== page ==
A women-only subway car in Mexico City, Mexico
Cities like New York are trying to figure out how to reduce subway harassment. In Mexico City they are trying women-only subway cars like this one. Edgard Garrido/Reuters

While other countries have turned to women-only cars, New York legislators are proposing to ban repeat sex offenders and increase penalties for subway grinders.

For three months in 1909, women could choose to ride between New York City and Jersey City isolated from men. Years before women would gain the right to vote, these women-only “Suffragette cars” were meant to protect female commuters from harassment and trafficking.

New York City advocates originally hoped to expand the program to the inter-borough subway system—reserving the last car of every rush hour train for women—but the pilot, which ran along the current PATH train route, was ill-fated. Some felt women were infantilized by the separation; headlines in newspapers around the country called it the “Jane Crowe Car,” the “Hen Car,” and the “Old Maid's Retreat.” Though it shielded women from “brutes” who would “insult a lady” on a crowded train, as one city councilor put it in a 1909 New York Times story, other women found that “gentlemen are the best protection the ladies want against such conduct.” The car became segregated by class as well as gender: Older, upper middle-class women used it to travel back from shopping expeditions apart from the rowdier masses.

“There was only one drawback to the scheme,” read a 1909 article in the Brooklyn Daily Eagle. “The women would not use the car.” By the end of the pilot, according to the Saint Paul, Minnesota Appeal, the “cars went half empty, even at rush hour.”

New York City’s public transportation has since stayed gender-integrated, even as other cities around the world, from Cairo to Rio to Mexico City, began introducing their own women-only transit options on crowded routes. But today, reports of harassment—forcible bumping and grinding, lewd comments, indecent exposure, public masturbation, and abuse—in underground subway tunnels have persisted, and New York legislators are renewing their commitments to curb it. More than 100 years later, it’s proving just as complicated to balance rider security with liberty.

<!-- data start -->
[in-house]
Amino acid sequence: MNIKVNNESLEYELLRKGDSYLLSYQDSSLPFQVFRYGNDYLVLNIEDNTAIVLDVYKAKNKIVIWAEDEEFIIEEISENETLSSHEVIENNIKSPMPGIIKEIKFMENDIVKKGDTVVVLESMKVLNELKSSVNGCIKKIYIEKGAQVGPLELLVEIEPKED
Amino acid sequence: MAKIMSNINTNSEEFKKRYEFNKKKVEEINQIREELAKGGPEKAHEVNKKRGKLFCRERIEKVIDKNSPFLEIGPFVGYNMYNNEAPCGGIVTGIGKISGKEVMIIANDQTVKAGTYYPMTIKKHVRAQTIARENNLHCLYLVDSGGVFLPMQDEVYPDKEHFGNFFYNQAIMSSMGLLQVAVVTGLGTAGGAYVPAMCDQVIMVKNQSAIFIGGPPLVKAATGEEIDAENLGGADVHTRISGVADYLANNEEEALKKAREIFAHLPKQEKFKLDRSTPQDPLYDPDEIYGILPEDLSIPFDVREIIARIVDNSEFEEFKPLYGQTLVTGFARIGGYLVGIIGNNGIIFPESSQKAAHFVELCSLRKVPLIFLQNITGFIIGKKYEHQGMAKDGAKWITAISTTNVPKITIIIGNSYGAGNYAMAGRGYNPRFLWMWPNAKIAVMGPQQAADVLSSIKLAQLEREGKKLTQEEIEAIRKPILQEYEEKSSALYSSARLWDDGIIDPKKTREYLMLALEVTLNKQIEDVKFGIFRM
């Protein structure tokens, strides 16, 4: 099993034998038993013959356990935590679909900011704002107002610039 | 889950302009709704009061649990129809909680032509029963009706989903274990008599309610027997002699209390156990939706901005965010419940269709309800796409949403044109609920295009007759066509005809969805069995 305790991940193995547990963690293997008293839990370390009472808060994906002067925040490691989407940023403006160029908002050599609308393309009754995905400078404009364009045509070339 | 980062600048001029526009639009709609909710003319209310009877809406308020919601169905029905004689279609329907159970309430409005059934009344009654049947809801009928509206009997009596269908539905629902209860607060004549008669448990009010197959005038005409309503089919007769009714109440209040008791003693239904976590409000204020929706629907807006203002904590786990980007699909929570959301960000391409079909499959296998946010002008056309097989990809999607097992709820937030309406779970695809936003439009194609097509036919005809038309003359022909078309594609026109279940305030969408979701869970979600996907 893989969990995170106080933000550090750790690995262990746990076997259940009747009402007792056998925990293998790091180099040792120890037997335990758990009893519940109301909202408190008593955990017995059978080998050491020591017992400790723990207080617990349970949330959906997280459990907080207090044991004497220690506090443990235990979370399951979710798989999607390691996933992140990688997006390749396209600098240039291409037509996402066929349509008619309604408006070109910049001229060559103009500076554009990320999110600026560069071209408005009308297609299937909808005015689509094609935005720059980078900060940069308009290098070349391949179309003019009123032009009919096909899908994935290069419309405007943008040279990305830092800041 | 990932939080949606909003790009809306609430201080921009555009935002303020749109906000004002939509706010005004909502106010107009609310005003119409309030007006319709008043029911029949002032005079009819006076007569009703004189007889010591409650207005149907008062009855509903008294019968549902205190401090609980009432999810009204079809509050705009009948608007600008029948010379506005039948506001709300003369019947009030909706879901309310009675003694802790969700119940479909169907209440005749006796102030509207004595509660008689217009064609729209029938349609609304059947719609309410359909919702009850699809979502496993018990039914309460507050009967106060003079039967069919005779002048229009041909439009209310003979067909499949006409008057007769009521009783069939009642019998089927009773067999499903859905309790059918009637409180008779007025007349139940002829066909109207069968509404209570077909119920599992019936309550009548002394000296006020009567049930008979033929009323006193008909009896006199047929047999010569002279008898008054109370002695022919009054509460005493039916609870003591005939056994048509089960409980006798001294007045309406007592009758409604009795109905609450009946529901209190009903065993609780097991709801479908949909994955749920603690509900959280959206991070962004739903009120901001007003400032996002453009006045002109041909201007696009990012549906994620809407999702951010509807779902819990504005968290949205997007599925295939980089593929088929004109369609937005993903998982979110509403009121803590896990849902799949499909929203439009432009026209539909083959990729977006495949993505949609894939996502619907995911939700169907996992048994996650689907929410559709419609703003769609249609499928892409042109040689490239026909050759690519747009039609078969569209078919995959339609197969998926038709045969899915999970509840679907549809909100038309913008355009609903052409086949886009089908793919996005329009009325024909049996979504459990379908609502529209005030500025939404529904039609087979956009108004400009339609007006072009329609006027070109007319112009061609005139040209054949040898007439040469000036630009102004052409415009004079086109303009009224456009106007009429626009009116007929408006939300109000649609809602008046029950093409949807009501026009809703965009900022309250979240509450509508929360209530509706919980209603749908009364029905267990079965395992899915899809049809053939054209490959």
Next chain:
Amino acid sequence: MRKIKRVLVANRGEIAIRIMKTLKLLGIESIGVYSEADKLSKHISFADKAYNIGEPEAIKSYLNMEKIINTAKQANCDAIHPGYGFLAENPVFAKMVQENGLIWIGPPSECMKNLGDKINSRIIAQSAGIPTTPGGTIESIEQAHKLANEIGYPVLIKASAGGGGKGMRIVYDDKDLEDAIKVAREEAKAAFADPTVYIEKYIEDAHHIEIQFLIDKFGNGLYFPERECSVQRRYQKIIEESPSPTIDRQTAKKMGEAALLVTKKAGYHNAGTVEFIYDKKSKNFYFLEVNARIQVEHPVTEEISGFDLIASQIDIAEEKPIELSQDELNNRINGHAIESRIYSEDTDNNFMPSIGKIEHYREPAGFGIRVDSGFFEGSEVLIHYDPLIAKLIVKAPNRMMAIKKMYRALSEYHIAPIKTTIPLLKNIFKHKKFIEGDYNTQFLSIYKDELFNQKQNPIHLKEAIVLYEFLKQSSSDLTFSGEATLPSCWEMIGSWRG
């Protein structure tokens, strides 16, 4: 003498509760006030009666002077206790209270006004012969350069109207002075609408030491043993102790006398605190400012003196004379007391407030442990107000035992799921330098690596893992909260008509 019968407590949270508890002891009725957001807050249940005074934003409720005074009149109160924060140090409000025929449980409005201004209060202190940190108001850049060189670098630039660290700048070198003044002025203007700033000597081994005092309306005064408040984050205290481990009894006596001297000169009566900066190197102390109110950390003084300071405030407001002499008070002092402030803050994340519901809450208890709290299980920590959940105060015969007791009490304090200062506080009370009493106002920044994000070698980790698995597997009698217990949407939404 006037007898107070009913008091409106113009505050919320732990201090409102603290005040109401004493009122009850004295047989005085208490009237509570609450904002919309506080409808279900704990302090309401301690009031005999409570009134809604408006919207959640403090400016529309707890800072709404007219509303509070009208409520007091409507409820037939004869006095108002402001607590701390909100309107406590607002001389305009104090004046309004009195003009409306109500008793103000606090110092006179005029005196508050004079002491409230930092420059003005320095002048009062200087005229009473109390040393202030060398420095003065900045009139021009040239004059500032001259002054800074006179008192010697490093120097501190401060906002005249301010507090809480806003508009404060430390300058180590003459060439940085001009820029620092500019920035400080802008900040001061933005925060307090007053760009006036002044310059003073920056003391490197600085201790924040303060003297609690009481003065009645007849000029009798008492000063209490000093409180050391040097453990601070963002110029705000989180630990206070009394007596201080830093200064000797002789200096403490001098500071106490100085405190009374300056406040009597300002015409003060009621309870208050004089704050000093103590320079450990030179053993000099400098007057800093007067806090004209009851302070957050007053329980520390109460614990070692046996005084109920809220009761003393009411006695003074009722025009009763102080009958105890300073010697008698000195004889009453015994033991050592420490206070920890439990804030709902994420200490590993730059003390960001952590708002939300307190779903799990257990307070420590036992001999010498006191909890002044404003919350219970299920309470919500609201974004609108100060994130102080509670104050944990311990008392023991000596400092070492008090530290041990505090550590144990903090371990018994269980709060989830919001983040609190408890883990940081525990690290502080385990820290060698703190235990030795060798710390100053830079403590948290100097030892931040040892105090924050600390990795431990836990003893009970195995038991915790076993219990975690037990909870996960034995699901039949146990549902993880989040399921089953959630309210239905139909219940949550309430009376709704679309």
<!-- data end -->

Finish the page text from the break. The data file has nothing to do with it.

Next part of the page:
No one is trying to reinstate New York City’s women-only trains, which legal experts say would likely be ruled unconstitutional in the U.S. But where they have been tried, some say they’re as much safety measures as tools for empowerment—enclaves where women have room to breathe, and are encouraged to take up space. “The body language of women in this car feels different. They look carefree,” wrote Rhitu Chatterjee, an NPR reporter, reflecting on Delhi’s women-only cars, where women ride, “free from the male stares and aggressions that assault them elsewhere in the city.”

There and elsewhere, however, women-only cars are also critiqued as band-aids that don’t address broader problems of sexual discrimination and abuse. Says Holly Kearl, the founder of the U.S.-based nonprofit, Stop Street Harassment, “if anyone should be segregated it should be the harassers. The onus shouldn’t be on women to change their lives.”

Legislation proposed by New York City council member Chaim Deutsch last month would prioritize isolation of a different kind: He wants to ban repeat sex offenders from riding public transit in the city, for life. “If someone shoplifts in a store, and they are a recidivist, then that person could be banned from walking into the store,” Deutsch told The New York Times. “This should not be any different.”